Perceptions and experiences of perinatal mental disorders in rural, predominantly ethnic minority communities in northern Vietnam

Type Journal Article - International Journal of Mental Health Systems
Title Perceptions and experiences of perinatal mental disorders in rural, predominantly ethnic minority communities in northern Vietnam
Volume 10
Issue 1
Publication (Day/Month/Year) 2016
Page numbers 10
Preliminary research has suggested that perinatal mental disorders (PMDs), including post-partum depression, are prevalent in Vietnam. However the extent to which these disorders are recognized at the community level remains largely undocumented in the literature. PMDs have also never been investigated within Vietnam’s significant ethnic minority populations, who are known to bear a greater burden of maternal and infant health challenges than the ethnic majority.

To investigate knowledge and perceptions of PMDs and their treatments at the community level in a rural, predominantly ethnic minority region of northern Vietnam.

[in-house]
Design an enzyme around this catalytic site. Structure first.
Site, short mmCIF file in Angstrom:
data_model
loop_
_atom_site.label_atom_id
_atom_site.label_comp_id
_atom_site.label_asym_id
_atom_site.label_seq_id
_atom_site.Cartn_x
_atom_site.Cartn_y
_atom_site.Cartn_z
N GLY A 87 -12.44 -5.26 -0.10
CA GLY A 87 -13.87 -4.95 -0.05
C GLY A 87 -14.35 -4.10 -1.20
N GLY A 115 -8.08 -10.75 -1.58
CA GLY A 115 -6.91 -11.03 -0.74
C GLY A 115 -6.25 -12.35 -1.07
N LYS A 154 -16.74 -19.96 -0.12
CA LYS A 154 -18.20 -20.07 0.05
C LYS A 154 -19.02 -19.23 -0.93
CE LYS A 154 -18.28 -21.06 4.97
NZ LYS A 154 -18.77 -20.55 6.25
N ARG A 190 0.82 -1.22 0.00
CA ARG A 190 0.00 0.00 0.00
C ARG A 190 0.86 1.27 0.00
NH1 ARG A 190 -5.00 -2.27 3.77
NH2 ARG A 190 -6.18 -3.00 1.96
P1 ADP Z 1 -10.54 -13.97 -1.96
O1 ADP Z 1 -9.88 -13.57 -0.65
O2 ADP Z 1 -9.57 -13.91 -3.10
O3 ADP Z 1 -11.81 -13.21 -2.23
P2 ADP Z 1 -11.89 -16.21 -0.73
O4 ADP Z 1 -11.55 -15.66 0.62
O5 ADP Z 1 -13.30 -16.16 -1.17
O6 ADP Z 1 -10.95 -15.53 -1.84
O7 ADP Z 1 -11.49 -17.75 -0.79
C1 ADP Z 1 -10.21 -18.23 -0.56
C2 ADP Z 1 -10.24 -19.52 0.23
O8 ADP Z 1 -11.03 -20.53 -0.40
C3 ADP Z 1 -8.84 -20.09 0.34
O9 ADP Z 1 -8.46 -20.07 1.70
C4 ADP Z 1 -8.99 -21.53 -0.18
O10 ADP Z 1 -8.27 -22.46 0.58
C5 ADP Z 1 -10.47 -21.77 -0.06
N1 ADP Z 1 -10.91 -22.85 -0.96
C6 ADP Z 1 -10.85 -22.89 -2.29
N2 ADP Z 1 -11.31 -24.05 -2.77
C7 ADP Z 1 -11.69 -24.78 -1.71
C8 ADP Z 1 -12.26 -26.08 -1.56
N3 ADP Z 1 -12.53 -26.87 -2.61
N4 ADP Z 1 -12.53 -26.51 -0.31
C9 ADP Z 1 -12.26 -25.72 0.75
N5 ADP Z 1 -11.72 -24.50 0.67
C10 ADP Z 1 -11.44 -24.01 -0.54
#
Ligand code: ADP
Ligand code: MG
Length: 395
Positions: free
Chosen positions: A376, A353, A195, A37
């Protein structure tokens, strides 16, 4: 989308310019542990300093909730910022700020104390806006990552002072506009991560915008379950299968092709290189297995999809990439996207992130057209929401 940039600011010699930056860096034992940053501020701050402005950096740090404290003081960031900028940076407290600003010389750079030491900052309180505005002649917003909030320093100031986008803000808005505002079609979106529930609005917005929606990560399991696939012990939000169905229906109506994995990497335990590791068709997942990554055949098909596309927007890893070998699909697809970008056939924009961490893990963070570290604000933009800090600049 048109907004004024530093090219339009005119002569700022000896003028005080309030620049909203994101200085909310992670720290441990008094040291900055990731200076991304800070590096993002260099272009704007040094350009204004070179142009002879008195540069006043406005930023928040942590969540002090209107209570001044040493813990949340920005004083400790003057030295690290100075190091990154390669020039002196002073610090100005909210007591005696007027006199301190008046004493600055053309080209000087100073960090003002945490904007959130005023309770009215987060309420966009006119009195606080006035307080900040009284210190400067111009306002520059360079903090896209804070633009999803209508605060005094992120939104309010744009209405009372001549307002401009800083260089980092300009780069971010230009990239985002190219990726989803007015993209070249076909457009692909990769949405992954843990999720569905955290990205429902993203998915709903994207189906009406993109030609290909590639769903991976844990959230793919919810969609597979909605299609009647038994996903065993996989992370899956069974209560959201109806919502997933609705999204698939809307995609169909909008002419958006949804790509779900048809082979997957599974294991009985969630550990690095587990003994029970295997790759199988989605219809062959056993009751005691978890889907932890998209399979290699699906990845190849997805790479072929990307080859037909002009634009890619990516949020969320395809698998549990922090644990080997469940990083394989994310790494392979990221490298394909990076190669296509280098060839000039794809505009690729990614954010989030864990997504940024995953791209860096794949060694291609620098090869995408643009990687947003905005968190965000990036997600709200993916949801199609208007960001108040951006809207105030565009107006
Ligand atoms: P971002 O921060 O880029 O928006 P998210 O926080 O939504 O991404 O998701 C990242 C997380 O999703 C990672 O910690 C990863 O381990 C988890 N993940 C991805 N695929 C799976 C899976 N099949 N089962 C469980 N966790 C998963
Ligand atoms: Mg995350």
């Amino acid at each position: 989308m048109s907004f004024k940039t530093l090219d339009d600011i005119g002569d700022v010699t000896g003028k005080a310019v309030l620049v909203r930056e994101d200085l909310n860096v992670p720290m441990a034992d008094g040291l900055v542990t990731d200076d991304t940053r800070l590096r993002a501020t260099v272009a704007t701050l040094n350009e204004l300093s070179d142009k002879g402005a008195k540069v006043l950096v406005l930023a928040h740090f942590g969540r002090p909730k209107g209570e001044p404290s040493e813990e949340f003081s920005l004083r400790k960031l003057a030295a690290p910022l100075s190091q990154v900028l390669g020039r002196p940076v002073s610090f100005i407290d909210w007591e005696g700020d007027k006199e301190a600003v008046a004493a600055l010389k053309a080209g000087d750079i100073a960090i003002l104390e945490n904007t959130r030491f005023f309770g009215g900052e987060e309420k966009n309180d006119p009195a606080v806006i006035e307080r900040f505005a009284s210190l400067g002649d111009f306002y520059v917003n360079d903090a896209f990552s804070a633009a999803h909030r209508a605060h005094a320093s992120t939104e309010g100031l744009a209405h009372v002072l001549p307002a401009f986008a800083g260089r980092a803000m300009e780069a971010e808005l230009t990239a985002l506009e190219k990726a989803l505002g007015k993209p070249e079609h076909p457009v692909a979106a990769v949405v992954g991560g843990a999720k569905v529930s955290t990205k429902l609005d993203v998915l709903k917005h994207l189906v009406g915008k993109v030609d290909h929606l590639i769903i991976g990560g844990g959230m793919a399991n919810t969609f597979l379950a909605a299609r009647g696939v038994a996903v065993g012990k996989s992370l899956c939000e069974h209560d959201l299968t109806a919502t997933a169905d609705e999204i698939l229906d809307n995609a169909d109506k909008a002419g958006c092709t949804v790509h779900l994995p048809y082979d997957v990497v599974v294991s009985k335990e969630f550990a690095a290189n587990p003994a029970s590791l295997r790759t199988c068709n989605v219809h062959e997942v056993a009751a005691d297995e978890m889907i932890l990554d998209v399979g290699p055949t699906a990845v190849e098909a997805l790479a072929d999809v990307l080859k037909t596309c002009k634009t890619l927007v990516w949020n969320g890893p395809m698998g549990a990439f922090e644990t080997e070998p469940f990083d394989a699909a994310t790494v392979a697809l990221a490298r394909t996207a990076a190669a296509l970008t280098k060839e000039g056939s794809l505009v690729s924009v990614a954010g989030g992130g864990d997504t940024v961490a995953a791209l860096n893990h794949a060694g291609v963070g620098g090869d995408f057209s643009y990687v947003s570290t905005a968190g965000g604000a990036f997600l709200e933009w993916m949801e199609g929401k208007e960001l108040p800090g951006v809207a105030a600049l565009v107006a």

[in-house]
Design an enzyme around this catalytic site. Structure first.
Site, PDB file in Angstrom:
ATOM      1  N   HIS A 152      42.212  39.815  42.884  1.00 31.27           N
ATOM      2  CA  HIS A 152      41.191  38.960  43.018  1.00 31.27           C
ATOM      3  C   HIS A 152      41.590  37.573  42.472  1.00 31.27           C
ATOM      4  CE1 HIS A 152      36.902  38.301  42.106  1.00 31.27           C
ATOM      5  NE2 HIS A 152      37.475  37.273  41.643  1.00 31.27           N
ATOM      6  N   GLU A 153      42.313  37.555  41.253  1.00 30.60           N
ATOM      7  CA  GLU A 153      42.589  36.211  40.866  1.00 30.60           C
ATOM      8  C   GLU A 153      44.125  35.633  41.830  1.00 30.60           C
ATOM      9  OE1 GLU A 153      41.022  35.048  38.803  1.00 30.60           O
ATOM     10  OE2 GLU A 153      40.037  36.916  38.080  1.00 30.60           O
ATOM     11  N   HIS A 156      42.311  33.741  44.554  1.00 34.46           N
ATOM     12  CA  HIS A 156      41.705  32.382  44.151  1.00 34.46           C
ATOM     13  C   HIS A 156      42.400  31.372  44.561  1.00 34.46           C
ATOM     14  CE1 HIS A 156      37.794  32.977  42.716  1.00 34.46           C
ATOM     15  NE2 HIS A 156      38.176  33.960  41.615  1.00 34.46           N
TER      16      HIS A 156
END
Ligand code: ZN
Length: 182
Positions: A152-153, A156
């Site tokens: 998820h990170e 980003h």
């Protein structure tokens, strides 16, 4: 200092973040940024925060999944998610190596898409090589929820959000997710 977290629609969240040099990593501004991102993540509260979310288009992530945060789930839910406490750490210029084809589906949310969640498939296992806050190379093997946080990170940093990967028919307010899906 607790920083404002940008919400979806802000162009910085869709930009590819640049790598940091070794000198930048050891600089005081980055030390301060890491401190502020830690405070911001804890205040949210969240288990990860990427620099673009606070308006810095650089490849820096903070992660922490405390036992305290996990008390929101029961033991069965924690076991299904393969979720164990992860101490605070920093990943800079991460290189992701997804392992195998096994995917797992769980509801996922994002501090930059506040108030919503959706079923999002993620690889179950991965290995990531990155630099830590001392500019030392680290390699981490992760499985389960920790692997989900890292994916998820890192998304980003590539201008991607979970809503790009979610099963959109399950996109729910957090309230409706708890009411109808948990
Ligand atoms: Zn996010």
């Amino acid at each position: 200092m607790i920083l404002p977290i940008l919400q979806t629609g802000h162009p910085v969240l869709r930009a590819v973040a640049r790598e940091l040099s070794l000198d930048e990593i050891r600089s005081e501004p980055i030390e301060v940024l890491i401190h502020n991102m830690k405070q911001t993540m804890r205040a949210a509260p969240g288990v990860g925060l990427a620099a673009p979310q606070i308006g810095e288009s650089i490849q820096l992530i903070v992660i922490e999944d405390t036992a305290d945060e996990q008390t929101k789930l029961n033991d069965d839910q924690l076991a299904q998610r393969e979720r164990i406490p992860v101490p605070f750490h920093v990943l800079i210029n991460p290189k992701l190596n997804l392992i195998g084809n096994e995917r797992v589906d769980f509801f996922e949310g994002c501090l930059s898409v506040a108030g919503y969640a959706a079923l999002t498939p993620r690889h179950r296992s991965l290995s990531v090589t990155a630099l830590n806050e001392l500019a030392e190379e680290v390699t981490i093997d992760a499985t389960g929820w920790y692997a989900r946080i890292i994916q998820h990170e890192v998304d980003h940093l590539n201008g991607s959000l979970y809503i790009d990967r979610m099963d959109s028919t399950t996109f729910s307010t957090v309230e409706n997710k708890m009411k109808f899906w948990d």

Qualitative semi-structured interviews were conducted on the topic of common PMDs. Participant groups were primary health workers (PHWs) working at local community health centers, and pregnant or postpartum women enrolled in a program for maternal and infant health that was not mental health related. Interviews included vignette scenarios that asked respondents to interpret cases of women experiencing PMDs, as well as open-ended questions about mental disorders and their treatments.

Twelve PHWs and 14 perinatal women completed the study. Major themes that emerged from the interviews included (1) Family relationships impact psychological well-being, (2) Nutrition contributes to perinatal mental health, (3) Both traditional and western medicine play roles in perinatal health, (4) There was a lack of personal experience with women experiencing PMDs, (5) Descriptions of mental health symptoms focused on behaviours, and (6) Community care is the primary mental health support.

PHWs reported having almost never treated a woman with a PMD. However, anecdotal evidence from the women interviewed suggests that there are incidents of mental disorders during the perinatal period that go largely unaddressed. Willingness to present to primary care appears to be high, and presents an opportunity to address this need by training PHWs in effective screening, treatment, and referral. Such training should account for culturally specific presentations of mental disorders as well as the importance of the patient’s social context. To the best of the author’s knowledge, this research presents the first evidence of a PMD burden within Vietnam’s ethnic minority communities.

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